"The Makers" - Stories of Trailblazing Women

By: Merrilyn Datta On: Apr 18, 2013

By the early 1980’s, about half of college graduates in the United States were women, paving the way for opportunity. But in spite of women’s strides in educational achievement, only about 21% of Fortune 500 CEOs are women and only about 17% of board seats are held by women.

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Doing What You Love for a Living with Sharon Lutz

By: Rebecca Esposito On: Feb 21, 2013

Are you doing what you love? Sharon Lutz, the Executive Director for the Texas Choral Directors Association and the Texas Orchestra Directors Association is no stranger to the satisfaction that comes from doing what one loves for a living. Respected and appreciated for her work with area non-profits and the colleges of business at the University of Houston and the University of Texas, Sharon has combined her love for life and her strategic business experience to help further the goals and missions of institutions close to her heart.

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What it Takes to Become a CEO with Wendy Hoenig

By: Rebecca Esposito On: Jan 31, 2013

Join Wendy Hoenig, President & CEO, H&H Business Development, LLC in this video presentation as she discusses what it takes to be a CEO. As a senior executive with 26 years of experience in new business development in Fortune 100 corporations, Wendy has the vision and understanding on what it takes to develop the unique skills that are necessary to become a successful CEO.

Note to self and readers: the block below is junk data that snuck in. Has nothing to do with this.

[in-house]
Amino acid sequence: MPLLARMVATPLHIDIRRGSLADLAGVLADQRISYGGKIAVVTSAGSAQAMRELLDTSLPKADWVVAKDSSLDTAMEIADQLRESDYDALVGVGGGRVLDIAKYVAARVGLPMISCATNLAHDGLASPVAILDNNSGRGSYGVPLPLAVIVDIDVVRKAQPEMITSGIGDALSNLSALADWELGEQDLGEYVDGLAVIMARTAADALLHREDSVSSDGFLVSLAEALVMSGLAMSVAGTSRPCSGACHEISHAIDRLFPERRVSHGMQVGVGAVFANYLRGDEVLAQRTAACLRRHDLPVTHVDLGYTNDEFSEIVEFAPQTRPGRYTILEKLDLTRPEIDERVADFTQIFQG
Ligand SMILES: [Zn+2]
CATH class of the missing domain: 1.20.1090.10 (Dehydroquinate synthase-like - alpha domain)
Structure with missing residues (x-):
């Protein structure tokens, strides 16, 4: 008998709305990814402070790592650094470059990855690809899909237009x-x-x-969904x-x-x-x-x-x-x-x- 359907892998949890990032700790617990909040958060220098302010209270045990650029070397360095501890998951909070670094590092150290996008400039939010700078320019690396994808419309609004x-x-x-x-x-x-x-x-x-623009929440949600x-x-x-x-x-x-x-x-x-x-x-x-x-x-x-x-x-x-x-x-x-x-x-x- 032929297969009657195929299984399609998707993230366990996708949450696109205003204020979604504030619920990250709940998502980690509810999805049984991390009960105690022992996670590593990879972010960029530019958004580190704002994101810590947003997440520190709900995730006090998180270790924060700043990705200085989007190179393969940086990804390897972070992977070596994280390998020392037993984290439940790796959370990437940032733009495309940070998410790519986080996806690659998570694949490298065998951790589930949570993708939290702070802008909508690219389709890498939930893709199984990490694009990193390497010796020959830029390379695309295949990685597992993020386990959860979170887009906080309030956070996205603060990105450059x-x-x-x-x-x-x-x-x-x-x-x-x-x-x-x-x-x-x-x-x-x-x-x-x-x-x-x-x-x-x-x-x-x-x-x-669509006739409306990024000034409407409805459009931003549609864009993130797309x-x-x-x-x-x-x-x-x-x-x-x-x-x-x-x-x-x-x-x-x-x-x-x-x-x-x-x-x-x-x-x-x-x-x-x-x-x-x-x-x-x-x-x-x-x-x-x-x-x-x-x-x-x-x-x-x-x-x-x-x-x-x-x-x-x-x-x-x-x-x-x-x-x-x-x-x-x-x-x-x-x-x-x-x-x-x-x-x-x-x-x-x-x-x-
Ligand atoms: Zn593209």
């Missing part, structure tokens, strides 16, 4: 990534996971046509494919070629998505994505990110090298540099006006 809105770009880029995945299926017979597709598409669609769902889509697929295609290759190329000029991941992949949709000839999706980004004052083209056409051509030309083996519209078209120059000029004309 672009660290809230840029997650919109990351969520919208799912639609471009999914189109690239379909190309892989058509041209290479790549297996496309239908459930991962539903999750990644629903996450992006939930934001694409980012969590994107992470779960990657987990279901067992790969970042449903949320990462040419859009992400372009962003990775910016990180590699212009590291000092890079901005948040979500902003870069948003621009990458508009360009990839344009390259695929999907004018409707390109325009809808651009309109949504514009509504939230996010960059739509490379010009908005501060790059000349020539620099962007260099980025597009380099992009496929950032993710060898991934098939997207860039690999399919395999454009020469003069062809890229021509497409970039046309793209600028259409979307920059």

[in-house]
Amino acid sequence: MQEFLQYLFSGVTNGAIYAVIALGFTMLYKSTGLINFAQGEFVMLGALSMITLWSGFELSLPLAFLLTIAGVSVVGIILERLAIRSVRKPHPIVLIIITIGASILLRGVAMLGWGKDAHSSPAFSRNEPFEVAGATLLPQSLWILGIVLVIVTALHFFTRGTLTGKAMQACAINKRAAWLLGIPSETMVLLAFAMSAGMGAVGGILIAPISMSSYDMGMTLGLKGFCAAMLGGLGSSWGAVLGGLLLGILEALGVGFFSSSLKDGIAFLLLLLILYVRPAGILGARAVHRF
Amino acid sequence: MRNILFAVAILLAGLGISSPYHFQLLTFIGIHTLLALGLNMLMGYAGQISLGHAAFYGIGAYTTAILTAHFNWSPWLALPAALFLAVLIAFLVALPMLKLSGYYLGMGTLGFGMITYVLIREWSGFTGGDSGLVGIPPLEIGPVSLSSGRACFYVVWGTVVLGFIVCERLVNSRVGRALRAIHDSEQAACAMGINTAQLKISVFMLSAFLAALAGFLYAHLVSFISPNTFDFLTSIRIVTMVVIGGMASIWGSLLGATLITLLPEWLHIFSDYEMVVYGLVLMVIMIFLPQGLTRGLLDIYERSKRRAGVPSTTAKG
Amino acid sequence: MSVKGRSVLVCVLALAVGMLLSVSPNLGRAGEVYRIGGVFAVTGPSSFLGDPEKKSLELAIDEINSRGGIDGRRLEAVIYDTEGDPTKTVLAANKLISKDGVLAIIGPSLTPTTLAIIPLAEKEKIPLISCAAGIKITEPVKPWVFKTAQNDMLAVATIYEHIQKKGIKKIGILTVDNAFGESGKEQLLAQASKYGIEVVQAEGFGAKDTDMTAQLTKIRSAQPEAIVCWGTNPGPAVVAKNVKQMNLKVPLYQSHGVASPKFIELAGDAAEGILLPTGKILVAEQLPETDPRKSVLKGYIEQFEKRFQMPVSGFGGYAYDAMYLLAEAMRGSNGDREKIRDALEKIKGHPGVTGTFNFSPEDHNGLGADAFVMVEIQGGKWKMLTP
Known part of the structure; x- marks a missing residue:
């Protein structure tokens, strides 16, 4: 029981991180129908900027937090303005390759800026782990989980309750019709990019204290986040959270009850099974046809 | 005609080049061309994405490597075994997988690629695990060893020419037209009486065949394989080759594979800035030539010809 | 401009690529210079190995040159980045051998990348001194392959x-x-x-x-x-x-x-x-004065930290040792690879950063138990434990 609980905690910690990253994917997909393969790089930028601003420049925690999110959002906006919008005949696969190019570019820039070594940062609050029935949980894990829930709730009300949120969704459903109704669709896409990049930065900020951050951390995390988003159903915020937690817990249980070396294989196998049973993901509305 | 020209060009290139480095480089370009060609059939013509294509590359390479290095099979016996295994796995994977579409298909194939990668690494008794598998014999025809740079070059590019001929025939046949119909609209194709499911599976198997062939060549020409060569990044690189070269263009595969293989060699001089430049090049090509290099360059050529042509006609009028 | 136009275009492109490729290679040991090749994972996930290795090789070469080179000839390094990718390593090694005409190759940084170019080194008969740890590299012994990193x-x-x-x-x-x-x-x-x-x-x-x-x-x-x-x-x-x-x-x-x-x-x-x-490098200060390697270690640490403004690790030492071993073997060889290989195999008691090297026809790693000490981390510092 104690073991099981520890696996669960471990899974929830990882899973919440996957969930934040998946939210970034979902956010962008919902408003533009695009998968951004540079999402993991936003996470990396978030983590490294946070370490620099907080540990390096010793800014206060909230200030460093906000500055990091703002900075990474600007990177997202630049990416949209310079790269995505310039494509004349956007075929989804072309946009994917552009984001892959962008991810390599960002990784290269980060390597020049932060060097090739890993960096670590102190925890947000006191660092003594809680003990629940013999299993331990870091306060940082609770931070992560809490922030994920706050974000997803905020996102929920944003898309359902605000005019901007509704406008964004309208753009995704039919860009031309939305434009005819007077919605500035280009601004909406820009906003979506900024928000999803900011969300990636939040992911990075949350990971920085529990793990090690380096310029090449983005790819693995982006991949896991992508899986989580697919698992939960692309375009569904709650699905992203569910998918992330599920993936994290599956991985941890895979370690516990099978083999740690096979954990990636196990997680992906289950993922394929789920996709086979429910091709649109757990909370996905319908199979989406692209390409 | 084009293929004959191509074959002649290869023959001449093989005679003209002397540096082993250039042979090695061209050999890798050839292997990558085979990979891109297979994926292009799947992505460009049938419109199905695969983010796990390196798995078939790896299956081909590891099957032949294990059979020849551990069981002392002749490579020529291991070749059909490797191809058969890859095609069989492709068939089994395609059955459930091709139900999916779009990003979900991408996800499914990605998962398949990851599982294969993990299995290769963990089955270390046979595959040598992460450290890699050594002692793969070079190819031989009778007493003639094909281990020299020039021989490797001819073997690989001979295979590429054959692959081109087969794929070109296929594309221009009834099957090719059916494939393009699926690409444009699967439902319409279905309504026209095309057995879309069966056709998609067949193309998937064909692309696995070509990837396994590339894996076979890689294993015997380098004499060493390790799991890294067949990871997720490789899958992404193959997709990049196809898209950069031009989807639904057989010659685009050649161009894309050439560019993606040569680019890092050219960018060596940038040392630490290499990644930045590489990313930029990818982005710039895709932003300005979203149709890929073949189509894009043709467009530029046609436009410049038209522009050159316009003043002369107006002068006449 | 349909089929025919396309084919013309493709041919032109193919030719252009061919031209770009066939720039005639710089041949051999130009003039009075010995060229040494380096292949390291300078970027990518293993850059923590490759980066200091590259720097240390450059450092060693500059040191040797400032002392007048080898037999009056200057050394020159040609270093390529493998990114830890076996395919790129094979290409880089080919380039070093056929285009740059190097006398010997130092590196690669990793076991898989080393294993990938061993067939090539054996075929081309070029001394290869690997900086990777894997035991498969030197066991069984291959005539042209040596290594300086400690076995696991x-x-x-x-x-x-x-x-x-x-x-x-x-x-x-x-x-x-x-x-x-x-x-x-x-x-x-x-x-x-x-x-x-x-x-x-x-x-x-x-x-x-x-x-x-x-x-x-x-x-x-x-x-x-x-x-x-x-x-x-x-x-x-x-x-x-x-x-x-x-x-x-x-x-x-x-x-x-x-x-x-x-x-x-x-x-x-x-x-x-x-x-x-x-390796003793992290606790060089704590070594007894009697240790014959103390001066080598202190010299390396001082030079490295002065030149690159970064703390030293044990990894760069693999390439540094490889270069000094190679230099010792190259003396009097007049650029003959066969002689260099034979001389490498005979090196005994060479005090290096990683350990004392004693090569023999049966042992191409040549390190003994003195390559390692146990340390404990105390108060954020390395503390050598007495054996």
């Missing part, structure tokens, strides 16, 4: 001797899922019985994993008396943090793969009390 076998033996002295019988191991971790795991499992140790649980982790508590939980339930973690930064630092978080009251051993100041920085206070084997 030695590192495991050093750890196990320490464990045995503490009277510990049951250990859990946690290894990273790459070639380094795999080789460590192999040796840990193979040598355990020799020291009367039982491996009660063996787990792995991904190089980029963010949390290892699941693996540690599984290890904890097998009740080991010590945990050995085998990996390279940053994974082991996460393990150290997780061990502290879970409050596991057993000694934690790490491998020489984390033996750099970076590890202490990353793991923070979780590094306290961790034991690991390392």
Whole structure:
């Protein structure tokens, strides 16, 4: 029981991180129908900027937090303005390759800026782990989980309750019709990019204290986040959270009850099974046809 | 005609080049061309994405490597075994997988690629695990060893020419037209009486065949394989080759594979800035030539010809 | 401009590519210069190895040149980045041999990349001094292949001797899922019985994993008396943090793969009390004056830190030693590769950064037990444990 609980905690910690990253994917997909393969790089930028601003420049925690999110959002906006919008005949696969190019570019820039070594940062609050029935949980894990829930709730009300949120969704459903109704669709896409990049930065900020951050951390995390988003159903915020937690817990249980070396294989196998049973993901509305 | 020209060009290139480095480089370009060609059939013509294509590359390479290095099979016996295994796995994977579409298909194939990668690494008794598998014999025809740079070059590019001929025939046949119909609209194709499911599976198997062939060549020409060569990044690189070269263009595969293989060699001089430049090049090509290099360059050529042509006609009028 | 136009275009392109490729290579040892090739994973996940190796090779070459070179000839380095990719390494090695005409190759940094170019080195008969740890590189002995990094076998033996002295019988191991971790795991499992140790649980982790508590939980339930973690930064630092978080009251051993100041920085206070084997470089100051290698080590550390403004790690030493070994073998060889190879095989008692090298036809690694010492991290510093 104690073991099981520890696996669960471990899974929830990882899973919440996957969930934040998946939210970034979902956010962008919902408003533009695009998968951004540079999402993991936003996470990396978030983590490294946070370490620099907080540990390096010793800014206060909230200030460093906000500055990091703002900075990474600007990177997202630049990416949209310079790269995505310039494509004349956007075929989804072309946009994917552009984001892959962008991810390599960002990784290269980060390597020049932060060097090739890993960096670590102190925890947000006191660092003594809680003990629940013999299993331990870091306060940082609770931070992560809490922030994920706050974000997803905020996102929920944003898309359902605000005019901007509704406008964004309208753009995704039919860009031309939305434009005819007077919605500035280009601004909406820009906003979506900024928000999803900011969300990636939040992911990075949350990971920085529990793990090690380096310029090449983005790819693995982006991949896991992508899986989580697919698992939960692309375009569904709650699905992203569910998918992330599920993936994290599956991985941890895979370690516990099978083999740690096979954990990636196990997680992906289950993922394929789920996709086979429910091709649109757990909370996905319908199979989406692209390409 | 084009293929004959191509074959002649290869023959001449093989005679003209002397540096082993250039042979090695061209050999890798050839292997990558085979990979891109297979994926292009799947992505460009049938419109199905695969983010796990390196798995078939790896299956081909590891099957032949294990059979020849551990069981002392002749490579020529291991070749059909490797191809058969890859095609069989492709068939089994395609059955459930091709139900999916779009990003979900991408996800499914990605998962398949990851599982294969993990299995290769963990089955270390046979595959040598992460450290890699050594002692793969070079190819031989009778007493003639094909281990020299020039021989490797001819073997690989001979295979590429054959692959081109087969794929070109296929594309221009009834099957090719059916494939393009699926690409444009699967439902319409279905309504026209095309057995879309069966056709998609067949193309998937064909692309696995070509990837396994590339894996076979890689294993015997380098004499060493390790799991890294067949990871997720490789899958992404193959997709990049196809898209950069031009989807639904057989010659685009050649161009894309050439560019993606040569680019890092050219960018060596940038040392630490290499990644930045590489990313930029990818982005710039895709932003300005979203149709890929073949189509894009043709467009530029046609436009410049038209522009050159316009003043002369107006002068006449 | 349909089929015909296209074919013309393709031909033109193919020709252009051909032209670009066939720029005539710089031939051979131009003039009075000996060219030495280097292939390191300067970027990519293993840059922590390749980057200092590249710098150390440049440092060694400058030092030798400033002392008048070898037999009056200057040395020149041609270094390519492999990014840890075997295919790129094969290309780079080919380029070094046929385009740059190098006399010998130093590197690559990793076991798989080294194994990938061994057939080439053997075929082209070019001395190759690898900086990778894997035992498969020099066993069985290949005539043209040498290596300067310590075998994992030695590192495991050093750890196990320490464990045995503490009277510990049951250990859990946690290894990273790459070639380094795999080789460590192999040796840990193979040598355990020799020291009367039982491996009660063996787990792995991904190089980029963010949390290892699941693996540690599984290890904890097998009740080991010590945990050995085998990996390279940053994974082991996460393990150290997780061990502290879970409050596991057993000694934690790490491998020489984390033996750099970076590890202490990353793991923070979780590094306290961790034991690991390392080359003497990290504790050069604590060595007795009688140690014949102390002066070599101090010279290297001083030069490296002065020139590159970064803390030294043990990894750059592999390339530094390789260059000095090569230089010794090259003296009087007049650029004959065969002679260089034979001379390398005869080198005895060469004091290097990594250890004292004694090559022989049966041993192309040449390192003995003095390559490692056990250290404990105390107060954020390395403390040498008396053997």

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Why Women Still Can't Have It All

By: Rebecca Esposito On: Jun 28, 2012

Article re-posted from The Atlantic Magazine. It’s time to stop fooling ourselves, says a woman who left a position of power: the women who have managed to be both mothers and top professionals are superhuman, rich, or self-employed. If we truly believe in equal opportunity for all women, here’s what has to change.

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It’s a Marathon, Not a Sprint

By: Rebecca Esposito On: Jul 20, 2011

The world today is defined by instant gratification. How are you shortchanging long-term success for instant gratification in your professional life? Through this constant connection to information and the ease to obtain instant gratification, our brains are being conditioned for short-term thinking. The sad reality is that this has permeated our business behavior as well. We seldom think about the implications of today’s decisions on the future. We often have conversations without thinking through the best approach for a particular conversation. We deliver presentations just to get them over with so we can move on to the next thing on our to-do list.

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